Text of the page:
I really like ribbon controllers but it's not easy to play without much visual/tactile feedback.
I think the reality is that very little modular users are actually interested in microtones but to me it's a waste to have so many timbral choices and control and not be able to decide upon pitch intervals without sufficient control. Intervals aren't everything but timbres aren't either. Pelog is one of those inspiring things, rash timbres that work well with "weird" intervals.
To be clear, what I would like includes total "xenharmonic" stuff (I hate the word though), I want to try the most outlandish scales out there on my small modular and see what it brings me. The project I have is important, but not as much as noodling like crazy is.
grantmoney
I've enjoyed running a quantised voltage through an attenuator for basslines, but it's tricky to setup (so don't do terribly often).

Would be nice to have a precision attenuator with set ratios - that way you could fit 24/48/etc notes to an octave. Does such a thing exist?
Villarceau
It's just pretty much hopeless I guess.

Modulars without arbitrary scales are like pianos without the black keys (and notes) though.
Mood Organ
Refund wrote:
I've built all my own quantizers for use in puredata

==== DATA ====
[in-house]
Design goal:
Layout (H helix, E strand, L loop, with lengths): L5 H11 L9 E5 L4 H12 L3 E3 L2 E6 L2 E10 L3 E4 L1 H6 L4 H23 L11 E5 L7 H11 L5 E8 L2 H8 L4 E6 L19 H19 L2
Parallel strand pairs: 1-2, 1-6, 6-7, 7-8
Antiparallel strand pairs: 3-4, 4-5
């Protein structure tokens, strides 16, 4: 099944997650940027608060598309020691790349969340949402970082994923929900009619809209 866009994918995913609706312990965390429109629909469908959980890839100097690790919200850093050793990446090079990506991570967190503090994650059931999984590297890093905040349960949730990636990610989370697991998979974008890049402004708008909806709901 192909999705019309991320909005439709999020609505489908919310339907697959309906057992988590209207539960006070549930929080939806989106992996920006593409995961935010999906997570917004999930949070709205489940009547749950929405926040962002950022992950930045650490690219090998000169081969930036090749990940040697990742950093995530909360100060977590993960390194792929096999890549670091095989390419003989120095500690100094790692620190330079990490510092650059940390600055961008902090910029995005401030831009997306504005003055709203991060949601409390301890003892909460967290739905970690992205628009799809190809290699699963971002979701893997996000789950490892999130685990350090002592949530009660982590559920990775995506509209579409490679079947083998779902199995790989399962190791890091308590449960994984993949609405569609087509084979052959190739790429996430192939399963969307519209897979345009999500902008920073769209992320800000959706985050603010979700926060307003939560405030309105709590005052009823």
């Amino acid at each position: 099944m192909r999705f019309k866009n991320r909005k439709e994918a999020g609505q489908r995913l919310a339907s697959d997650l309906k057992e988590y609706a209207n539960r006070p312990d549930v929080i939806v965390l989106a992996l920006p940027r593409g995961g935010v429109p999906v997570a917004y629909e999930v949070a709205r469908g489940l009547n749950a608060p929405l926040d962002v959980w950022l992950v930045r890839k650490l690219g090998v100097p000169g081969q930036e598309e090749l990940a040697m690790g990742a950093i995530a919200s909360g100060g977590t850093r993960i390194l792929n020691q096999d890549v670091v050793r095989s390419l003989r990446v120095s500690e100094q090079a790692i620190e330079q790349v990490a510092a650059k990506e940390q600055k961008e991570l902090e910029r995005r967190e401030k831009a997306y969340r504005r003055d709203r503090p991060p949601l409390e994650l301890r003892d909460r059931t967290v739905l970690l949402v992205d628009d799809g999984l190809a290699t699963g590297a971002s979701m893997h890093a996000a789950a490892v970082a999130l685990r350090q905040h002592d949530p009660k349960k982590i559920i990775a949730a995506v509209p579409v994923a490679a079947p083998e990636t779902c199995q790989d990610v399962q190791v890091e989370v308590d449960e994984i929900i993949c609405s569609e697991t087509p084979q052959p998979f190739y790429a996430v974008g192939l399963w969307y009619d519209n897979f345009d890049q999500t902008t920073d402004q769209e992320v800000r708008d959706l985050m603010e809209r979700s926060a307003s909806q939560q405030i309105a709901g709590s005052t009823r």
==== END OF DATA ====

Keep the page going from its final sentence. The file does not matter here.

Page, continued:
in the modular world I stick to 12-tone because I don't know any way to do easily recallable/upgradeable microtonal work with at least 4 voices


Could you do this with Silent Way?
wigwig
grantmoney wrote:

Would be nice to have a precision attenuator with set ratios - that way you could fit 24/48/etc notes to an octave.

Indeed exclamation
Did a quick search for quantizers, but...

Quote:
Does such a thing exist?

Would love to know.
Anyone?
Mood Organ
wigwig wrote:
grantmoney wrote:

Would be nice to have a precision attenuator with set ratios - that way you could fit 24/48/etc notes to an octave.

Indeed exclamation
Did a quick search for quantizers, but...

Quote:
Does such a thing exist?

Would love to know.
Anyone?


Attenuate the output of a regular quantizer. 24 notes to an octave = quarter-tones. So attenuate the quantizer output so that 2 octaves maps to one octave. 48 notes to an octave would be eigth-tones so 4 octaves maps to 1 etc.
Greengrocer202
My setup is either Sunvox on my Ipad using the Set Pitch function or my Arduino controlled YM2612 (Sega Genesis soundchip) breadboarded circuit. Either way my workflow is tediously inputting frequencies in the form of hexadecimal values.
M6live
Redacted.
Refund
M6live wrote:
Mood Organ wrote:
Refund wrote:
I've built all my own quantizers for use in puredata

in the modular world I stick to 12-tone because I don't know any way to do easily recallable/upgradeable microtonal work with at least 4 voices


Could you do this with Silent Way?


Yes, see: http://www.expertsleepers.com/index_files/microtonal-tuning-scripts.ph p


it needs to be done without a computer to suit my purposes
Mood Organ
Refund wrote:
M6live wrote:
Mood Organ wrote:
Refund wrote:
I've built all my own quantizers for use in puredata

in the modular world I stick to 12-tone because I don't know any way to do easily recallable/upgradeable microtonal work with at least 4 voices


Could you do this with Silent Way?


Yes, see: http://www.expertsleepers.com/index_files/microtonal-tuning-scripts.ph p


it needs to be done without a computer to suit my purposes